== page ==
T. Rowe Price

T. Rowe Price’s five semitransparent ETFs include versions of T. Rowe Price Blue Chip Growth TRBCX and T. Rowe Price Growth Stock PRGFX, both rated Silver. The ETFs give investors without institutional-sized assets access to well-managed strategies at institutional prices. T. Rowe Price Blue Chip Growth’s manager Paul Greene spent nearly two years as an associate manager before taking over from its longtime lead manager in 2021. Joe Fath has steered T. Rowe Price Growth Stock since 2014 and has more than 20 years of investment experience. They both rely on the firm’s strong analyst bench. Both ETF portfolios have more than 90% portfolio overlap with the mutual fund versions, eliminating only non-U.S. holdings without ADRs and any shares of private companies, in which T. Rowe Price Blue Chip Growth has a small stake. T. Rowe’s ETF fees range from 0.50% to 0.57%, which are within 1 basis point of their institutional share class counterparts, but without the $500,000 minimum investment.

These ETFs also have been more tax-efficient than their mutual fund twins since they started in late 2020. Both T. Rowe Price Blue Chip Growth and T. Rowe Price Growth Stock distributed roughly 10% of NAV in capital gains in 2021 versus less than 1% for the ETFs, owing in part to the tax advantages of the ETF and the fact the new ETFs probably had lower embedded gains.

American Century

The six semitransparent ETFs American Century launched include versions of Bronze-rated American Century Focused Dynamic Growth ACFOX and American Century Focused Large Cap Value ALVIX. American Century Focused Dynamic Growth has one of the firm’s most stable and experienced investment teams, led by veterans Keith Lee and Michael Li. This strategy, one of three growth approaches the team runs, focuses on high-growth companies. American Century Focused Large Cap Value relies on a robust approach to finding quality-oriented value opportunities. The expense ratios of each of American Century’s ETFs are lower than the cheapest share class of their corresponding mutual fund. Both strategies have more than 90% portfolio overlap with their mutual fund counterparts.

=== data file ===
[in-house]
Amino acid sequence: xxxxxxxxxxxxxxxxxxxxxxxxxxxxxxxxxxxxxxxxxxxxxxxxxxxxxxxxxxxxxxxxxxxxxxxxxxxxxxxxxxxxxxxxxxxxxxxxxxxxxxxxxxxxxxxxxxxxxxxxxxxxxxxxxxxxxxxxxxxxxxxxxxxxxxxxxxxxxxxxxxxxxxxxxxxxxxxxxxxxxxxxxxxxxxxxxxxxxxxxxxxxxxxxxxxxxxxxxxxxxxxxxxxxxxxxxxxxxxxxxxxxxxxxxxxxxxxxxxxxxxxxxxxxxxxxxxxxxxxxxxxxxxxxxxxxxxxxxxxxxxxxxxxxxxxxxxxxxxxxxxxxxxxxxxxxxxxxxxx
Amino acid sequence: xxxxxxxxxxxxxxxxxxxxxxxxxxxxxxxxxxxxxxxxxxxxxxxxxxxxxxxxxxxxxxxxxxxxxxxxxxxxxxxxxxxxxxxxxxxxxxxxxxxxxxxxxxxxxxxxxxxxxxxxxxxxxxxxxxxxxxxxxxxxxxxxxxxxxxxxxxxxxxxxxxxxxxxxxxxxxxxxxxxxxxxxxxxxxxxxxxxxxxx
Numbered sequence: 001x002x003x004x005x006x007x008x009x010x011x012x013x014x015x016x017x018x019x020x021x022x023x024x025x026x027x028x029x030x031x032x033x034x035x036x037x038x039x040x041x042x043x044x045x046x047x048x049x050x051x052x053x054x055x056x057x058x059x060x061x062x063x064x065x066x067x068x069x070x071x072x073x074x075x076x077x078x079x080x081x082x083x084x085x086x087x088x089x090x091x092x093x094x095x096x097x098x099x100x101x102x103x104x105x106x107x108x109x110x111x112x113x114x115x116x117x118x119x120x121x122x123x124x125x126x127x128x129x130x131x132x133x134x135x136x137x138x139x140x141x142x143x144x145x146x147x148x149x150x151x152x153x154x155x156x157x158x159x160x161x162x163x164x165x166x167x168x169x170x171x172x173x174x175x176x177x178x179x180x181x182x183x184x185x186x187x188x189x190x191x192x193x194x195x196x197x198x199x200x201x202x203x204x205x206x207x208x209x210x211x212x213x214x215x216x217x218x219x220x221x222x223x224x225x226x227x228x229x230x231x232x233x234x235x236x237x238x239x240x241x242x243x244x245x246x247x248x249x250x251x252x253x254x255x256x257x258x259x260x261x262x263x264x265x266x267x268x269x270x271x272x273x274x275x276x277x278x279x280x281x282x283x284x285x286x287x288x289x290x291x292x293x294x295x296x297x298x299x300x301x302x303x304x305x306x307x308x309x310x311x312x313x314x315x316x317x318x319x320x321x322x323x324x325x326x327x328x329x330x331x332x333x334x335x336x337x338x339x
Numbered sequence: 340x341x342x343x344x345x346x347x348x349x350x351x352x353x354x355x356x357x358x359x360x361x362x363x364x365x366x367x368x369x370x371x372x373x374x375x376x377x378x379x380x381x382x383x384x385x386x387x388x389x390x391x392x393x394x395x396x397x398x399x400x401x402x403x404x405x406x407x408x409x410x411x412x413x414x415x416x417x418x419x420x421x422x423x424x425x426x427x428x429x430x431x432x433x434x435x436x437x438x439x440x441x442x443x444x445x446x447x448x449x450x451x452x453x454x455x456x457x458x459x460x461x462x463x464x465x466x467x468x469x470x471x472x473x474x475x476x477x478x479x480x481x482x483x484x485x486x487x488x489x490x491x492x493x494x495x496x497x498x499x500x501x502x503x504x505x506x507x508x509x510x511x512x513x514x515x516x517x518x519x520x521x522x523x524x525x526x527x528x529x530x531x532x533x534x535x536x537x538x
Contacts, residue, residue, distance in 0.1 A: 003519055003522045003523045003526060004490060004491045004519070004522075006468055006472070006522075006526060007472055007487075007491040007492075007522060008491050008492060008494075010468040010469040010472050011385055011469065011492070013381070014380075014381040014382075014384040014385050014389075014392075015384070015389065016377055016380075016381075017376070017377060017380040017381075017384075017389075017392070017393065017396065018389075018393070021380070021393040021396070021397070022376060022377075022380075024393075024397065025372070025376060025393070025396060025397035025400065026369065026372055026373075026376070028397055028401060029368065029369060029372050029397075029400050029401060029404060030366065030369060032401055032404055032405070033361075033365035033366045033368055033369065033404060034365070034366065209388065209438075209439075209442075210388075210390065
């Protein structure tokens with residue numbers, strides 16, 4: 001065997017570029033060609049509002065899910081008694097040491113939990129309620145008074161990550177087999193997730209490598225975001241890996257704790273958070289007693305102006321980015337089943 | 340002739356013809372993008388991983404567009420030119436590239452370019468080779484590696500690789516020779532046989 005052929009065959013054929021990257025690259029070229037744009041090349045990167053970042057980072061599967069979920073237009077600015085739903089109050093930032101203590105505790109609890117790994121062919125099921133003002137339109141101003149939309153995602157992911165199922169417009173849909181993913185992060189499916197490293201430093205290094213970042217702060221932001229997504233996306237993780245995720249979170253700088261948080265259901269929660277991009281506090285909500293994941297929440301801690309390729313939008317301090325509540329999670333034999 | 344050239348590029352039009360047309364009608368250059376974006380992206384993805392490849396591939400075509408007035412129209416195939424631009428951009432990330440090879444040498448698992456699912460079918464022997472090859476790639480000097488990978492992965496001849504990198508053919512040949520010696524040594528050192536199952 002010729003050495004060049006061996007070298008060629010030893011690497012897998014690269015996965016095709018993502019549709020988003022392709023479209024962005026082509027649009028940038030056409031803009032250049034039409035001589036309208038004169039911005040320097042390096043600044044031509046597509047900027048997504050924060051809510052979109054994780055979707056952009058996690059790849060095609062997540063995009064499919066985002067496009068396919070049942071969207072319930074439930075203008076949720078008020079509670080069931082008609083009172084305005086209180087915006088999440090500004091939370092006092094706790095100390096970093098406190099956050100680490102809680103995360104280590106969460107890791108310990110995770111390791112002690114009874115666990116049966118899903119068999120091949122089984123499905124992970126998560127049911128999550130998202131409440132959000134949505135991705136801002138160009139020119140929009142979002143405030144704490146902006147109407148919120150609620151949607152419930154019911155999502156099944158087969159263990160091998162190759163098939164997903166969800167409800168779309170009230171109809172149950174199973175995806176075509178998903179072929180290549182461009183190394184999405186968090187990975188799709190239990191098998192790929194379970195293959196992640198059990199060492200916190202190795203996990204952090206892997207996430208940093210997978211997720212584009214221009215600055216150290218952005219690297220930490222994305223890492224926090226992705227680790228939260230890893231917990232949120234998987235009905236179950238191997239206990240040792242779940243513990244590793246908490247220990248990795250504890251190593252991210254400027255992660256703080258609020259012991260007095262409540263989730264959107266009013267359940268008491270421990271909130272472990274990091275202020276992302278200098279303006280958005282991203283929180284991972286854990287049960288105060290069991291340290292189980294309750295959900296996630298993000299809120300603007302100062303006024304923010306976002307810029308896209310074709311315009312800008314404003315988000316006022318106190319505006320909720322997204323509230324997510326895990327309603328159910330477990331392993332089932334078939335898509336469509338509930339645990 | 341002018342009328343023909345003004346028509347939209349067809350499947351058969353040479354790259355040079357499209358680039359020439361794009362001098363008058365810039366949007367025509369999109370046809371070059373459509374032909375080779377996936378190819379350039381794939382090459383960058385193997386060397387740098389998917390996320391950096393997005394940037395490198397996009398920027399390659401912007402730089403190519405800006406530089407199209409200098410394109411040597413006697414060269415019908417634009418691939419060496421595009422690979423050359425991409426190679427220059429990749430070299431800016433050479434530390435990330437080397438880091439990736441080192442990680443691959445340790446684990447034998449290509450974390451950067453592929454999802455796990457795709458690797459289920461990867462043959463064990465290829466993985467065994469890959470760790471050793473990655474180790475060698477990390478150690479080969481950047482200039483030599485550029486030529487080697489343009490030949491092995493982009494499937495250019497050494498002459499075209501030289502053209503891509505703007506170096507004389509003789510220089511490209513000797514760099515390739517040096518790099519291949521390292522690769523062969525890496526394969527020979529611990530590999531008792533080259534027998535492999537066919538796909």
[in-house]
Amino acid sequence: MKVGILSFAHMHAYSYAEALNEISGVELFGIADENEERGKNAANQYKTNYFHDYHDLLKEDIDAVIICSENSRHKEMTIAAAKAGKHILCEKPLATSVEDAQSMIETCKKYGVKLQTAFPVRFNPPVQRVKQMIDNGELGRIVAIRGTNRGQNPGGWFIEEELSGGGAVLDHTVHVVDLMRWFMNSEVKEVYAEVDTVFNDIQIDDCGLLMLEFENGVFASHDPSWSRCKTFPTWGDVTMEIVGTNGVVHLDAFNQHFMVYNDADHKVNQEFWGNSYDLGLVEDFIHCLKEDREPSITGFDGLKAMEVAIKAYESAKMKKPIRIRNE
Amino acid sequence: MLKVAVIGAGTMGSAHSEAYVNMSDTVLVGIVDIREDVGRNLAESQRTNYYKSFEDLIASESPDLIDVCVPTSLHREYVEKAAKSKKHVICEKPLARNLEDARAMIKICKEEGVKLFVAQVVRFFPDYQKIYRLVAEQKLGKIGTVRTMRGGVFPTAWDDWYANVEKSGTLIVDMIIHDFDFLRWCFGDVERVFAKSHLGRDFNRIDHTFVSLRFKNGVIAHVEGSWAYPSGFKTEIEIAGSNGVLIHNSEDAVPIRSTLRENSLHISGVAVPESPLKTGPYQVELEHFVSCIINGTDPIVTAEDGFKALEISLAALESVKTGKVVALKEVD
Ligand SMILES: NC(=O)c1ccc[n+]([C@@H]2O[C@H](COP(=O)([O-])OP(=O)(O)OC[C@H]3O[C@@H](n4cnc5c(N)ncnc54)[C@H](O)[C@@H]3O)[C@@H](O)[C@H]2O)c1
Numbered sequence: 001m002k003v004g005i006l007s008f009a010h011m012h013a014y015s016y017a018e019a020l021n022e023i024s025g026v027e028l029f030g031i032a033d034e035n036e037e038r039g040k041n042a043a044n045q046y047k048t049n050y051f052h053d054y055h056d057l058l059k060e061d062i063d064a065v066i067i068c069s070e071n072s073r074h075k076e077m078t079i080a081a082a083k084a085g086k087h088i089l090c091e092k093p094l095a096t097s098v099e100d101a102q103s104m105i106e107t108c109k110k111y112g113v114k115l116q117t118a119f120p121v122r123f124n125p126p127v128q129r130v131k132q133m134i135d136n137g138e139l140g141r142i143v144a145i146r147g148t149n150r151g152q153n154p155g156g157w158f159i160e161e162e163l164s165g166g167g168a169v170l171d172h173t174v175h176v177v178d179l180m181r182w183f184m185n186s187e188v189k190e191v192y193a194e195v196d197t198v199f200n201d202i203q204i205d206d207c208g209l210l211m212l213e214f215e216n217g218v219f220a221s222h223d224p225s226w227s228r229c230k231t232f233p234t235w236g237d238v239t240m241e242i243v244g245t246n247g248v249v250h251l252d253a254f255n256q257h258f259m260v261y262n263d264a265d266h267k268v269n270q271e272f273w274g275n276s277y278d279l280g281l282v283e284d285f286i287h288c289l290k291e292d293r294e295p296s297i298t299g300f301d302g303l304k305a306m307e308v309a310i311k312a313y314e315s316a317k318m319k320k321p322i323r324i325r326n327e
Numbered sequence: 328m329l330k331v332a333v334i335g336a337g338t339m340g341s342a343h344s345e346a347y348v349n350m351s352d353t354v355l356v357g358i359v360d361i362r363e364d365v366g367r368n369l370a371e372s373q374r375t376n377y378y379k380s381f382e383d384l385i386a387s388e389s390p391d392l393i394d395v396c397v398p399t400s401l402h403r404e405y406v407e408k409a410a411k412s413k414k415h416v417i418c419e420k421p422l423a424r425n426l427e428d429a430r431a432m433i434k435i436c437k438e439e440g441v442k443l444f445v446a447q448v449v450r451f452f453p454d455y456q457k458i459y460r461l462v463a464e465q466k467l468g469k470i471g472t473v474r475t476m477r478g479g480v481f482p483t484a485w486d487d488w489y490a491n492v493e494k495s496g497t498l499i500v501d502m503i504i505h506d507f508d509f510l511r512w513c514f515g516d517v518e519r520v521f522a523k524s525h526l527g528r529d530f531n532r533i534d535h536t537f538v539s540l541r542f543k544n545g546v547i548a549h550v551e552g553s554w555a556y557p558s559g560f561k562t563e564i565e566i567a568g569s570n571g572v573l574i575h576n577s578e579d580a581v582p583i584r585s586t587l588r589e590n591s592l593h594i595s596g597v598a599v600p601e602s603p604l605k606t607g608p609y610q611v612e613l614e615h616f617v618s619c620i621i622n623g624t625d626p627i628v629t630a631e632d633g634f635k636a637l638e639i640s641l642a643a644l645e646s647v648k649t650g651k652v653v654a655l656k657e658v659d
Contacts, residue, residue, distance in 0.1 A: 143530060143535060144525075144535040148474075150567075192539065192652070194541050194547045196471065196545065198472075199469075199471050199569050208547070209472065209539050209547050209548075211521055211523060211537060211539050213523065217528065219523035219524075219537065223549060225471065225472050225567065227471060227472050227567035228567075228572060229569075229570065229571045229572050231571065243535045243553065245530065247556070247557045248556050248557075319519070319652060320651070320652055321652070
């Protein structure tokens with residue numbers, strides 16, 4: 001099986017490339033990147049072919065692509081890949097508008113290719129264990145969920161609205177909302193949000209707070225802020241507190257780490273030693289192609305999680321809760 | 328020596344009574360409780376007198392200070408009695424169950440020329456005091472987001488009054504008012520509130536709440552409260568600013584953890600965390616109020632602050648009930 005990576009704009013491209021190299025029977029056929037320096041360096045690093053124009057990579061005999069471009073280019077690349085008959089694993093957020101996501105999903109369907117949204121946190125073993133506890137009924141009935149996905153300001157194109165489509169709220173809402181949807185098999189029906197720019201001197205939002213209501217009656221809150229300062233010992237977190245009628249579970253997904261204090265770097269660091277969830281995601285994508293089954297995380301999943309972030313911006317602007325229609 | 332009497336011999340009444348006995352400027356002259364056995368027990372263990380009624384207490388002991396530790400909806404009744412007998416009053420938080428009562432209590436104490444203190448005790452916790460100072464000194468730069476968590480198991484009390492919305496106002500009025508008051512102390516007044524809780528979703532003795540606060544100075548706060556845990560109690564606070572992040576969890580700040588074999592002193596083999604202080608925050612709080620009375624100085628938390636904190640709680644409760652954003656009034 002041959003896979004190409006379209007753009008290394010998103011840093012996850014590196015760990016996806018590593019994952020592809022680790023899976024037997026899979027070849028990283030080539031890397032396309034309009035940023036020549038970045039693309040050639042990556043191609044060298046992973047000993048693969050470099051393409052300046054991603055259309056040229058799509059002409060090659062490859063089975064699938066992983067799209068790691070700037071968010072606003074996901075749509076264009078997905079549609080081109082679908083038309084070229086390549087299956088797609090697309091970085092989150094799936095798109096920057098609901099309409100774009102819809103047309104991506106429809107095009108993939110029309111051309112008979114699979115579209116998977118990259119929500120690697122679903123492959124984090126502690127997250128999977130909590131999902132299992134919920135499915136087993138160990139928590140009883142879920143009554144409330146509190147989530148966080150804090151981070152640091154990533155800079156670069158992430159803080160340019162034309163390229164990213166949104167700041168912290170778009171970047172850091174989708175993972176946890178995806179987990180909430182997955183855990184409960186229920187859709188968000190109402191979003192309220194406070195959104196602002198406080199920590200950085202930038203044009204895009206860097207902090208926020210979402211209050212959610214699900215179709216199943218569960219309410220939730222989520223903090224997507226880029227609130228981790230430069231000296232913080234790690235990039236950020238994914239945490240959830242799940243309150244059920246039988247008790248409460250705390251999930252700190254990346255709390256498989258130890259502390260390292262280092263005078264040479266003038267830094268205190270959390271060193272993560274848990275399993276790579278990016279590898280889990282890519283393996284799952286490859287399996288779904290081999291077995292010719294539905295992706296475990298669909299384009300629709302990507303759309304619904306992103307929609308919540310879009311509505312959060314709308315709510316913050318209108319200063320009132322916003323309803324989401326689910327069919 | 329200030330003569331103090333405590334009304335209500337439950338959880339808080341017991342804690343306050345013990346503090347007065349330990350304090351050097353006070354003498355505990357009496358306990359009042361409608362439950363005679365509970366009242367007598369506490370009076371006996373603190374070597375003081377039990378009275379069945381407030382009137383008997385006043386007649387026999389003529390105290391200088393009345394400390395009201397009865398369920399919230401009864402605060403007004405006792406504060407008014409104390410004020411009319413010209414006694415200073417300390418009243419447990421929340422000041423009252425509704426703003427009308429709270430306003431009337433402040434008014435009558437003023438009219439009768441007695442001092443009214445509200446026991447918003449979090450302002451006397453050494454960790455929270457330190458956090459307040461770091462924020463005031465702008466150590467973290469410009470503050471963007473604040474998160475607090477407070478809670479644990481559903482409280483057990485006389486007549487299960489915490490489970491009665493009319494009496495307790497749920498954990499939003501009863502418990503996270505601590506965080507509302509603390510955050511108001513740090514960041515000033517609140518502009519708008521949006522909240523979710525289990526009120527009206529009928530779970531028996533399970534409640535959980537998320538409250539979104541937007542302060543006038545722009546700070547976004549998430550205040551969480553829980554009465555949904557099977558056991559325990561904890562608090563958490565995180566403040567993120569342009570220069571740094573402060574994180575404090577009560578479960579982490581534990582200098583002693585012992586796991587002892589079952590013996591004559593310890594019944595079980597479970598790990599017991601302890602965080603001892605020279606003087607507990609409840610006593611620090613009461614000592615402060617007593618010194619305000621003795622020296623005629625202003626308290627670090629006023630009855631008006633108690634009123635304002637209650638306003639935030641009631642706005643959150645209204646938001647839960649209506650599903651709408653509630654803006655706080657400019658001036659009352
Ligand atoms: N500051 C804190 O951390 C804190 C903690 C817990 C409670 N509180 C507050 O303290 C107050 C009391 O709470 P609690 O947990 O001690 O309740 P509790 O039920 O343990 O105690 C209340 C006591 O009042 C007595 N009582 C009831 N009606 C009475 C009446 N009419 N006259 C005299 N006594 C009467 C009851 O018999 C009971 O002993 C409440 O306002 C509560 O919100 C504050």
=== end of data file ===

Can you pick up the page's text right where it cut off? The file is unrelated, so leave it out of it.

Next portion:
American Century Focused Large Cap Value reported a roughly 20% of NAV capital gain in 2021 versus roughly 2% for the ETF.

Capital Group

Capital Group, parent of American Funds, was late to the active ETF party, but in February 2022 it launched five fully transparent equity strategies and one fixed-income strategy that are very similar to approaches it uses in some insurance accounts. As fully transparent ETFs that report their holdings daily, Capital’s vehicles can own non-U.S. securities that trade in different time zones. So, the family’s lineup includes two international strategies.

Like all of Capital’s strategies, multiple independent managers run these ETFs. Veteran Alan Wilson leads a group of five managers who each run different sleeves of Capital Group Growth ETF CGUS in flexible styles. Some of them prefer traditional growth stocks, others fallen angels, or even cyclicals. These strategies are not as similar to comparable open-end mutual funds in the family, but they draw on managers from the same talent pool. The ETFs’ expense ratios range from 0.33% to 0.54%, lower than all but a handful of share classes of similar American Funds.

These aren’t the only traditional asset managers that have launched active ETFs and they won’t be the last. Dimensional Fund Advisors, Davis Advisors, Invesco, JPMorgan, and Neuberger Berman have all launched active ETFs, and the list continues to grow. Active ETFs have arrived; now they have to deliver.